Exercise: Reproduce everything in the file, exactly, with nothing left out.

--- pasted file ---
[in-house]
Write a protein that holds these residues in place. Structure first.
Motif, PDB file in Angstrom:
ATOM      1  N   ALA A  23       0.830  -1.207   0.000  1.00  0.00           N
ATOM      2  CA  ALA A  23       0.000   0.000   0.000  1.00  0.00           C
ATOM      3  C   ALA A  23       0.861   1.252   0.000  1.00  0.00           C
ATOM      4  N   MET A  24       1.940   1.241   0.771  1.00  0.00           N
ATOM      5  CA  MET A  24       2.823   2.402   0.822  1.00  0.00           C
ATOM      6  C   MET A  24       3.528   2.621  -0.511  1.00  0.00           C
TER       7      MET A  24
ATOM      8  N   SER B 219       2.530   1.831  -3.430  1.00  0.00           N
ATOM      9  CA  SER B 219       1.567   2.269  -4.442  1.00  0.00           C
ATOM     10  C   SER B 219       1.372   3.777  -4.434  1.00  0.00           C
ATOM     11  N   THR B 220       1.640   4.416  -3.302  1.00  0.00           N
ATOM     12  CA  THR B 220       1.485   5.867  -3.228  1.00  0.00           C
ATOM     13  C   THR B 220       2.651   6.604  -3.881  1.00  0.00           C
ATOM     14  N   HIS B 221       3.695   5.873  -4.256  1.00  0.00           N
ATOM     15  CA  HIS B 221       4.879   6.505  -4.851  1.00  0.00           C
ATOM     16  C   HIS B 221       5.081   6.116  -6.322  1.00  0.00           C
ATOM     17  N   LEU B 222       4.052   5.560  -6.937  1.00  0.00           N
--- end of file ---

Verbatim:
[in-house]
Write a protein that holds these residues in place. Structure first.
Motif, PDB file in Angstrom:
ATOM      1  N   ALA A  23       0.830  -1.207   0.000  1.00  0.00           N
ATOM      2  CA  ALA A  23       0.000   0.000   0.000  1.00  0.00           C
ATOM      3  C   ALA A  23       0.861   1.252   0.000  1.00  0.00           C
ATOM      4  N   MET A  24       1.940   1.241   0.771  1.00  0.00           N
ATOM      5  CA  MET A  24       2.823   2.402   0.822  1.00  0.00           C
ATOM      6  C   MET A  24       3.528   2.621  -0.511  1.00  0.00           C
TER       7      MET A  24
ATOM      8  N   SER B 219       2.530   1.831  -3.430  1.00  0.00           N
ATOM      9  CA  SER B 219       1.567   2.269  -4.442  1.00  0.00           C
ATOM     10  C   SER B 219       1.372   3.777  -4.434  1.00  0.00           C
ATOM     11  N   THR B 220       1.640   4.416  -3.302  1.00  0.00           N
ATOM     12  CA  THR B 220       1.485   5.867  -3.228  1.00  0.00           C
ATOM     13  C   THR B 220       2.651   6.604  -3.881  1.00  0.00           C
ATOM     14  N   HIS B 221       3.695   5.873  -4.256  1.00  0.00           N
ATOM     15  CA  HIS B 221       4.879   6.505  -4.851  1.00  0.00           C
ATOM     16  C   HIS B 221       5.081   6.116  -6.322  1.00  0.00           C
ATOM     17  N   LEU B 222       4.052   5.560  -6.937  1.00  0.00           N